April 21, 2013 4:43 pm

Ecstasy and Death, Coliseum, London – review

Nicolas Le Riche showed himself to be a dancer of greatness in the evening’s one masterpiece
Tamara Rojo and Nicolas Le Riche in ‘Le jeune homme et la mort’©David Jensen

Tamara Rojo and Nicolas Le Riche in ‘Le jeune homme et la mort’

English National Ballet has some explaining to do. The triple bill proposed for last week’s brief London season was identified as Ecstasy and Death, a catchpenny title since the only ecstasy on offer was the sweated marvel of ballet class in Harald Lander’s Études, albeit the two other pieces were Jirí Kylián’s Petite mort (which is a dainty post-coital reference) and Roland Petit’s Le jeune homme et la mort, which is, indeed, about death. More dubious still was the programme-cover featuring two apparent derelicts who, we might infer, had just been rescued from a burning hotel and needed help – not least with clothes and soft-focus snapshots. Most dubious was the assertion that these stagings are “three 20th-century masterpieces”, needing only the corollary, “and you are the Grand Duchess Anastasia”.

Kylián’s opus is an insult piled on adagios torn from two Mozart piano concerti – receiving the sort of performance you might expect under these circumstances – with six couples posturing in dreary undergarments, rapiers (yes, rapiers) at the ready, caught up in gymnastic activities of numbing tedium. Études was a delight in the Danish ballet repertory years ago, and paid some slight homage to Bournonville’s Konservatoriet with its memories of ballet class in Paris in the 1830s. It has long been a favourite with ENB, and received here a decent performance, Vadim Muntagirov notably brilliant.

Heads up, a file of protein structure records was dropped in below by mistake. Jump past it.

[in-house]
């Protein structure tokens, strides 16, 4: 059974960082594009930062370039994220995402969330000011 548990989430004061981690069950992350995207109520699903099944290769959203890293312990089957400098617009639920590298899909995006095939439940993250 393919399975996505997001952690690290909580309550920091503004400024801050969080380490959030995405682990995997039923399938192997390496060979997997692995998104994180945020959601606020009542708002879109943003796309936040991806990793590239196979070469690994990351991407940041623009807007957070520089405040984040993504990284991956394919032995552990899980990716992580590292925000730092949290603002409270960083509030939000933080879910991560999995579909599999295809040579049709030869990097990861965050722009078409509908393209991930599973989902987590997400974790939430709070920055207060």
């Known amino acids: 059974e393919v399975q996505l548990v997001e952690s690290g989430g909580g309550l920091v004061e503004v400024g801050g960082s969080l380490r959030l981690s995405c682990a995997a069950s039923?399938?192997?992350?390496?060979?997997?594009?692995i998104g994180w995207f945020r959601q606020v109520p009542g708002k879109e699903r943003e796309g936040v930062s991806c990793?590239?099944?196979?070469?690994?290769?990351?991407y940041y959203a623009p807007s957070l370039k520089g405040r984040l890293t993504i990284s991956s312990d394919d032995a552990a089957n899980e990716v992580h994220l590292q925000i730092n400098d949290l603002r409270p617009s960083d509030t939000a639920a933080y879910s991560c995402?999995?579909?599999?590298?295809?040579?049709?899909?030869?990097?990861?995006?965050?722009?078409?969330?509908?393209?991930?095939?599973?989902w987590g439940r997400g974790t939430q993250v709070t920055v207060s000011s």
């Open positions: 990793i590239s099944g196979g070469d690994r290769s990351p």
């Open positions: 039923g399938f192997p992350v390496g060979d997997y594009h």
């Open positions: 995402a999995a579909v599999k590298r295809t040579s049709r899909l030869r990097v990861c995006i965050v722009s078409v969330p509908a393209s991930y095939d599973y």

But the only masterpiece of the evening was Le jeune homme et la mort, with Nicolas Le Riche, superlative guest from the Paris Opéra, as the Young Man, and Tamara Rojo as the Woman who is Death. I have watched this tremendous work – a true masterpiece, telling us exactly of its time, which is one of the functions of masterpieces – since its creation in 1946 with the prodigious Jean Babilée as the epitome of existential youth in postwar Paris. Le Riche is, yet again, shown as a dancer of greatness, giving an interpretation a-fire with physical and emotional power, defining the role for our time. From Tamara Rojo a bold, sexually charged portrait of the Girl. Both artists honour this ever-fascinating work of art.


www.ballet.org.uk

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